You might have heard of the recent startup Luxe, a “public valet service for city drivers”. Or you might have heard of Fobo Tire, an app that instantly lets you check tire pressure.  Or maybe, if auto isn’t your thing, you’ve heard of The Dash, the worlds first smart in-ear wireless headphones. All these companies, like many others, have one thing in common – they being came into fruition through the ever-popular means of crowdfunding. These days, more and more entrepreneurs turn to alternative funding to gain investment into their business ideas. In fact, trends show that Crowdfunding is to surpass venture capital funding by 2016.According to Forbes, in 2014, approximately $16 billion was crowdfunded. With all this in mind, it’s no wonder that more and more people turn to crowdfunding as a means of funding. But this alternative funding method has its fair share of disadvantages. If you are an entrepreneur considering turning to crowdfunding, consider both the pros and cons of the same before engaging in this method of funding:

Pros 

Hedges Risk

There is a lot of risk associated with starting a startup these days. Crowdfunding is a good way to hedge these risks. Entrepreneurs get continuous feedback and market validation through crowdfunding, and so they are saved from going all in and taking a product concept that may fail to the market.

Marketing

An active crowdfunding campaign is a good way to boost marketing. You will be able to reach numerous channels through social media, and tap in to your backer’s social media to gain publicity. Many crowdfunding platforms incorporate social media mechanisms, making it extremely easy to get referral traffic to your website and other social media pages.

Building a Customer Base

A crowdfunding initiative is a great way to build up a loyal customer base. Crowdfunding allows an entrepreneur to share not only the product, but the purpose and idea behind it. People who invest and back the entrepreneurs’ campaign obviously believe in the product as well as the success of the startup in the long run. This means that they will be retained as customers, and even help spread the word about the campaign to see it come into being. In this way, by reaching people who are interested in the campaign, a crowdfunding initiative is likely to buildup a base of customers who will stay loyal in the long run.

Free PR

Tanya Prive in an article on the benefits of crowdfunding states “The momentum created by successful crowdfunding campaigns attracts potential investment from traditional channels and attention from media outlets”. This means that when a campaign is successful, media is always keen on reporting about it. In this manner, crowdfunding, being a hot topic these days, gains you a lot of free publicity.

 

Cons

More Than Normal Workload

Crowdfunding is a lot of work. It takes months of preparation, starting from the effort involved in putting together an attractive project, to creating prototypes, professional videos and more. Sometimes, this time and effort isn’t worth the amount of money you are aiming to raise.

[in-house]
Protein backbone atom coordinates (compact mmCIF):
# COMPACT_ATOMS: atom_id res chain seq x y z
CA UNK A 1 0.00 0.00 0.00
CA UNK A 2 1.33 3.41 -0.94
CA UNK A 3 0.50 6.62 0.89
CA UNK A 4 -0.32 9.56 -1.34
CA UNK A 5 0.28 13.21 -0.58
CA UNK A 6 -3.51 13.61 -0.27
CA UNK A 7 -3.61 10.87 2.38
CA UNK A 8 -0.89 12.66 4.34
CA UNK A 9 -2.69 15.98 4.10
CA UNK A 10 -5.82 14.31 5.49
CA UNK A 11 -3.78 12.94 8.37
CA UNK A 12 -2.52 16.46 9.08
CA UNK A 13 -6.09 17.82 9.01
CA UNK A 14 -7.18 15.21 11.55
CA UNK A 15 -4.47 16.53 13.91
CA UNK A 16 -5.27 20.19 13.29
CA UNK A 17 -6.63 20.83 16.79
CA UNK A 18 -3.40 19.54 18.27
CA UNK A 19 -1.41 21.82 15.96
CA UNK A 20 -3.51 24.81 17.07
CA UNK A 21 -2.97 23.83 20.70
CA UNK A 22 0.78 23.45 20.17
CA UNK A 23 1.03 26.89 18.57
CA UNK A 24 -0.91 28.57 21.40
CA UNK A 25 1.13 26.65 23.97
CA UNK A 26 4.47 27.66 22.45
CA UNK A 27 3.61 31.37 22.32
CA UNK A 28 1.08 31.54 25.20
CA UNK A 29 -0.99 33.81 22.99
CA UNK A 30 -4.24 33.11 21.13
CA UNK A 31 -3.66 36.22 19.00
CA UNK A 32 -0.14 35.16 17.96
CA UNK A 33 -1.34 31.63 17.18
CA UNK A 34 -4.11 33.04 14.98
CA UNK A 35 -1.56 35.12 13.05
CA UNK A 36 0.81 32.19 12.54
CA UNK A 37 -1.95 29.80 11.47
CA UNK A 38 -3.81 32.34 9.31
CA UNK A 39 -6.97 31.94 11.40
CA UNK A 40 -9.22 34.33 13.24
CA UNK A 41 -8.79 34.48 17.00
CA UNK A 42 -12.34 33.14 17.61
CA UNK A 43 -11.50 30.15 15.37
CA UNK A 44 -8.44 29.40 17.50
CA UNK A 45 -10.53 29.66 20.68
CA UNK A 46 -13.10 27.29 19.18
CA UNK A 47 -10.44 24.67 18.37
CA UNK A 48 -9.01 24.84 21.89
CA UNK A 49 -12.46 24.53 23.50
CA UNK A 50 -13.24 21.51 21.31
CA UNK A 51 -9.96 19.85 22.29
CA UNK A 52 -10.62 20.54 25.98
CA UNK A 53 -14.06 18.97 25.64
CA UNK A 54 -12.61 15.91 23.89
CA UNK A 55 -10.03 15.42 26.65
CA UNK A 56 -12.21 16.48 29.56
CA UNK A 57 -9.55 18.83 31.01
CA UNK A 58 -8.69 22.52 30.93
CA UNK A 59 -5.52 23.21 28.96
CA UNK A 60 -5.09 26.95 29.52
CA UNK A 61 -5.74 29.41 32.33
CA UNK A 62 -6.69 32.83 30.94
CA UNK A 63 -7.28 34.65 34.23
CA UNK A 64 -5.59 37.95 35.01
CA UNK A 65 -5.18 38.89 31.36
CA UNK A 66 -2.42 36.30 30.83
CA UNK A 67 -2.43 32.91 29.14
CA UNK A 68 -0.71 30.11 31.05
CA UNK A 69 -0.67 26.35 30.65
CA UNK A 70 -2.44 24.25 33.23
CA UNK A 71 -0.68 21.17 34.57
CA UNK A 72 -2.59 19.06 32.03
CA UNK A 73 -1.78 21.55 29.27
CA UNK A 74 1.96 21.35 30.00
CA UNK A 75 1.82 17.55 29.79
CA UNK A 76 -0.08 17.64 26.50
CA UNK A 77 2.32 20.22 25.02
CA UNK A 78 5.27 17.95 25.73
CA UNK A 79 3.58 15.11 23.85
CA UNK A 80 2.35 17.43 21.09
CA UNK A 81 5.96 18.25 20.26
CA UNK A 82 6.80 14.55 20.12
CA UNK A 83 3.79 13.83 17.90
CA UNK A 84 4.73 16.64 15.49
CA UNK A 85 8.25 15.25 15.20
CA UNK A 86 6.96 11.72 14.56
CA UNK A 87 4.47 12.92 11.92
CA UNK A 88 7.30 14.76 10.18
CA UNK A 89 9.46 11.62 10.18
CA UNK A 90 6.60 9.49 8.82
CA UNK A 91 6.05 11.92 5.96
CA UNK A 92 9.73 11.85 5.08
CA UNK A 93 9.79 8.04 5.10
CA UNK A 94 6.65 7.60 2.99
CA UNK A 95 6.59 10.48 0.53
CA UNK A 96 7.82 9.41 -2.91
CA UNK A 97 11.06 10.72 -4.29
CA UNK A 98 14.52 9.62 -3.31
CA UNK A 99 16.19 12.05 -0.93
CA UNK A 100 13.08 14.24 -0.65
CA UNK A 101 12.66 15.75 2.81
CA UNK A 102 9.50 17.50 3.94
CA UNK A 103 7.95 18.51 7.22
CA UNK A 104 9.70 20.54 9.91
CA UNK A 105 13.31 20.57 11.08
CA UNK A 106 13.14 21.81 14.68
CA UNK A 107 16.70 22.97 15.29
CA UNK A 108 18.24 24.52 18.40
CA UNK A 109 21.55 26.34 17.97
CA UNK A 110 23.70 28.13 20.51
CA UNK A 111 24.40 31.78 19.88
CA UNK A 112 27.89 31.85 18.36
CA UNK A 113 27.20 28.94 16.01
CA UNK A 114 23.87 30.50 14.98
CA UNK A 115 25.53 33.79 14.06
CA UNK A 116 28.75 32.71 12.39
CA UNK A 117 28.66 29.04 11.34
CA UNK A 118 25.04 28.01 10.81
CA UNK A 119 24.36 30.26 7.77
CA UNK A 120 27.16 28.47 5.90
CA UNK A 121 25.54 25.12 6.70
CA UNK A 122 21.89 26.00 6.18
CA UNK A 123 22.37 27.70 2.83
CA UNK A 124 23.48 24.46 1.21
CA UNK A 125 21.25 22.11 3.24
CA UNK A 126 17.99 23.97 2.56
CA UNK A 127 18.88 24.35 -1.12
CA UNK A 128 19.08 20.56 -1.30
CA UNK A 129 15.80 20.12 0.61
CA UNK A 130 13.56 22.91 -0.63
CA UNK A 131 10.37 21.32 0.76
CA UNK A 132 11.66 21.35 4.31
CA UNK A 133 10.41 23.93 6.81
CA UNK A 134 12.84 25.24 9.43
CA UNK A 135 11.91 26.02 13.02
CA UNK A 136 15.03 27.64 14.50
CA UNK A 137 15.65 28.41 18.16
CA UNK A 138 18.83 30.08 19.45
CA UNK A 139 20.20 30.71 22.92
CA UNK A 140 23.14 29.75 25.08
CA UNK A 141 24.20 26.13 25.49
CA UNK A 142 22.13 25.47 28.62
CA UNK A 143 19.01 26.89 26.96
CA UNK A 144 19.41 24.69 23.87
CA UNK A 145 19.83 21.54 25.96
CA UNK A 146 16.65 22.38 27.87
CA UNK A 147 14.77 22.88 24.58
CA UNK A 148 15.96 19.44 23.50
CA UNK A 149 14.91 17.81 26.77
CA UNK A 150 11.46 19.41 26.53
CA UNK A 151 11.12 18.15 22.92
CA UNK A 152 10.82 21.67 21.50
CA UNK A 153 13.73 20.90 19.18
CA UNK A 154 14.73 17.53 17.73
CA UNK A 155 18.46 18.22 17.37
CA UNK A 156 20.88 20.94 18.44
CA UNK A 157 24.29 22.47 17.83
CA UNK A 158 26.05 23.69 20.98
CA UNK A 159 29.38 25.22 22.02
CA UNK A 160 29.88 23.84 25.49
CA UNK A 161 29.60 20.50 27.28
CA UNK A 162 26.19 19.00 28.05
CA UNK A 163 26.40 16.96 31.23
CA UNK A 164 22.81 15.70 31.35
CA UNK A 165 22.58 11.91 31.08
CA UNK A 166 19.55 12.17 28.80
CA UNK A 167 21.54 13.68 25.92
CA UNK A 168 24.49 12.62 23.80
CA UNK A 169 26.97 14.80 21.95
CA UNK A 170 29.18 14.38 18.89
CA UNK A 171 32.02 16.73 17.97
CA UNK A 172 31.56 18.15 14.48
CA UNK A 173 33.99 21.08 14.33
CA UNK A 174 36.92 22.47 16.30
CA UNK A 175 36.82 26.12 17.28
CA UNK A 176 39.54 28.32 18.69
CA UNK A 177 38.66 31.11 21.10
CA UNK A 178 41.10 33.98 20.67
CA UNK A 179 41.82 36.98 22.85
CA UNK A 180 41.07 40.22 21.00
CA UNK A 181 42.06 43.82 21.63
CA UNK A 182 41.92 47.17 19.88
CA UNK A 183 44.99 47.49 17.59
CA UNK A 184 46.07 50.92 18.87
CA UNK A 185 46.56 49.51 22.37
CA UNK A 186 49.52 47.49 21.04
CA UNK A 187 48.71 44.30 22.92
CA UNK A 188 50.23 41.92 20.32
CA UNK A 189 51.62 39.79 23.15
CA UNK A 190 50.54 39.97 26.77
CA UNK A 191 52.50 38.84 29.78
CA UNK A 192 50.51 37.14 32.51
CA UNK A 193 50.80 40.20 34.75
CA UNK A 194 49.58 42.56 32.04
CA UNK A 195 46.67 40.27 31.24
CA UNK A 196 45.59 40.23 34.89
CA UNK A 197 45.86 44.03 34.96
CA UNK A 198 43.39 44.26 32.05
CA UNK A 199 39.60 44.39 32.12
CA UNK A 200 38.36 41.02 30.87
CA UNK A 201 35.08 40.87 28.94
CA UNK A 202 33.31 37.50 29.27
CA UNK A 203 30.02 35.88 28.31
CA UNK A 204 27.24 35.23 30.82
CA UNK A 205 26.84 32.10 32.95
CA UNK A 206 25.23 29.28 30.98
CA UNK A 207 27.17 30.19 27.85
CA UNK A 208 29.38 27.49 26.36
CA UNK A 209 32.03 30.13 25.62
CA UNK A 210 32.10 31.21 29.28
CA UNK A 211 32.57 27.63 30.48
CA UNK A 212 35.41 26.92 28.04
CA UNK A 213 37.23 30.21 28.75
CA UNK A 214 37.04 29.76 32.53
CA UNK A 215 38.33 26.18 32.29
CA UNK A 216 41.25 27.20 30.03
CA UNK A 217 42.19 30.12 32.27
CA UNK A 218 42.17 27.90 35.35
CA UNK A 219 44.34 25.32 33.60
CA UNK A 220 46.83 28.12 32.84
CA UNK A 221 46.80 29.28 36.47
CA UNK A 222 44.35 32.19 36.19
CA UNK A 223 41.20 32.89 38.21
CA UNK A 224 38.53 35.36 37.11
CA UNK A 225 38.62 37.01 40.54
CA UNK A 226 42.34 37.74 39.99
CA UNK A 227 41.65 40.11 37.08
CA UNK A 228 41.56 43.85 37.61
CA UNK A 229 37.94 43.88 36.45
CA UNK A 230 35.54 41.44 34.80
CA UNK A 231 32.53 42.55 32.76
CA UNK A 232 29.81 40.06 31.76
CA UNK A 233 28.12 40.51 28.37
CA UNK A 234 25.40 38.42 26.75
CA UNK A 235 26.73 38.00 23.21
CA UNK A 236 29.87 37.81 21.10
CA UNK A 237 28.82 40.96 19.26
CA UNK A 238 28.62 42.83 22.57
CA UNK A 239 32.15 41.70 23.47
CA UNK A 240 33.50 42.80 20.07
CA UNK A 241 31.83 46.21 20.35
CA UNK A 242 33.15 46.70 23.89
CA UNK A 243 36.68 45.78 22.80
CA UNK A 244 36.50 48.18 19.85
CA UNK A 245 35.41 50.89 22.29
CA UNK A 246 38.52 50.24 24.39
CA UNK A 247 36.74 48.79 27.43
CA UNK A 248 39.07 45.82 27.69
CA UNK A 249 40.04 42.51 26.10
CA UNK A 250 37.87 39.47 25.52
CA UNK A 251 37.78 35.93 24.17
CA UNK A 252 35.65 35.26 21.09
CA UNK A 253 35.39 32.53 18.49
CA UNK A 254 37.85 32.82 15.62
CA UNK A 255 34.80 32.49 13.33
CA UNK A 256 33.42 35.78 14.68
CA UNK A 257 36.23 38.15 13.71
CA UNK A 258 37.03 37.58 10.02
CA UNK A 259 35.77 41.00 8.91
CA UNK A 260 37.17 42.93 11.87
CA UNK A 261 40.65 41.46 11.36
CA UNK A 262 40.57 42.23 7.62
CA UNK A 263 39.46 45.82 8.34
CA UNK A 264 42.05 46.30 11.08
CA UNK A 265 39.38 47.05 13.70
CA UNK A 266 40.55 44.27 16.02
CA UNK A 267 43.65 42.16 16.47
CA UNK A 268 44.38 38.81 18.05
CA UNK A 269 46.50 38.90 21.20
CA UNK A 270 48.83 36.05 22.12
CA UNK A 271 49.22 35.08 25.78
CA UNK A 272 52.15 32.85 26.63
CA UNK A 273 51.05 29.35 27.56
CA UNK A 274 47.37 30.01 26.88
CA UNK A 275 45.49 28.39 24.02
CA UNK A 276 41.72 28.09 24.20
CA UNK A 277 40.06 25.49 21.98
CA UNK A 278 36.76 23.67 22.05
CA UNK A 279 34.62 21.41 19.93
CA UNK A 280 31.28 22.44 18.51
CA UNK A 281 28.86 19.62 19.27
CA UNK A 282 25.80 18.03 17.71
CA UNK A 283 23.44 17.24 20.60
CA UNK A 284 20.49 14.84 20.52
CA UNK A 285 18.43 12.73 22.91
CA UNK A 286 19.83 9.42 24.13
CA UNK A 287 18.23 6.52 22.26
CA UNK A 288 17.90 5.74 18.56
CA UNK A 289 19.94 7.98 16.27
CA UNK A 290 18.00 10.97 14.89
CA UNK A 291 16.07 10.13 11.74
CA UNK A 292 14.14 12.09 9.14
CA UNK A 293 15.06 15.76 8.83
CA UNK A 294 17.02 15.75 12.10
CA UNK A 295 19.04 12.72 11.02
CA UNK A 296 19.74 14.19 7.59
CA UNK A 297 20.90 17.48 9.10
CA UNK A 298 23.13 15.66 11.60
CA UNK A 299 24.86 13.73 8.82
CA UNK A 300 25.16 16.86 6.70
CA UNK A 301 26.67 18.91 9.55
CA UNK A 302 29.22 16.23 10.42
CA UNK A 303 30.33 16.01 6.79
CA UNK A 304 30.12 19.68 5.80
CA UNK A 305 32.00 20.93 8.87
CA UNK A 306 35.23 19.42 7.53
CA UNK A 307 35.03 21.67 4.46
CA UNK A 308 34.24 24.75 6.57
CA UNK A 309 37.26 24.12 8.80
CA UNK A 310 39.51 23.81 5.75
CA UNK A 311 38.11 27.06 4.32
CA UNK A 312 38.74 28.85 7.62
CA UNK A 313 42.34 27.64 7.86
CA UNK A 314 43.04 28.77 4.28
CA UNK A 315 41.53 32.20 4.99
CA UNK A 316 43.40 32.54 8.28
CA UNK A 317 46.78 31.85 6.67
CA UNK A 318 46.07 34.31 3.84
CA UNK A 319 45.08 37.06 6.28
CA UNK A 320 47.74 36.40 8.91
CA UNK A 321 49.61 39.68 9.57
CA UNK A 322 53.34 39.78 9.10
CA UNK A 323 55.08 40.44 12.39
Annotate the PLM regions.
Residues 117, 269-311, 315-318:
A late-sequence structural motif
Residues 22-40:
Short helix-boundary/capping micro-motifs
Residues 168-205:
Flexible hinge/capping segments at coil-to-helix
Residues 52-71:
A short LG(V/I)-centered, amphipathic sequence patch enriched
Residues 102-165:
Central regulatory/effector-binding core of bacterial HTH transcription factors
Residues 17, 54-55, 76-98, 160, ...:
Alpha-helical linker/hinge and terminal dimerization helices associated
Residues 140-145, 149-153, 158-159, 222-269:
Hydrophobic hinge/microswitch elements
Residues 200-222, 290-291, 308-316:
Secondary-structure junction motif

Accountability

A crowdfunding campaign often is accountable to the investors. This makes sense, as the investors are the ones who have spent their money. This sort of accountability can be quite challenging in the long run, says Andrew Scharge, co owner of Money Crashers Personal Finance, as stated in an article on Tech.Co

Security

It’s very important to have the necessary copyright and trademark protections in place before publicizing your campaign. Since a lot of crowdfunding is done through Internet platforms like Kickstarter, Indiegogo, FundersClub etc., there is no guarantee that your idea won’t be stolen.

Limited Leeway with Funds

A lot of crowdfunding campaigns are conditional. What this means is that something is promised in return for a certain amount of money. Often, due to these various commitments, one doesn’t have enough funds leftover to use as capital for growth. You will often merely have funds only to finish production.

Location

Depending on which country you are in and the nature of your business, you have to be aware of the various laws and regulations, tax implications and reporting requirements of your startup. For example, in the EU, there has been a movement to add VAT (Value Added Tax) to crowdfunding rewards. This would deter people from wanting to donate, as they would have to pay extra taxes. Similarly, in the US, the latest draft of the SEC states that you will have to have your finances audited formally and file a final report with the SEC, which involves a lot more paperwork. If the campaign is only for a small amount of money, then the hassles as per location may not be worth it.

Before engaging in a crowdfunding campaign, it’s good to keep both sides in perspective. Consider both the pros and cons in terms of the depth of your project, and make sure to research all the facts before proceeding!

 

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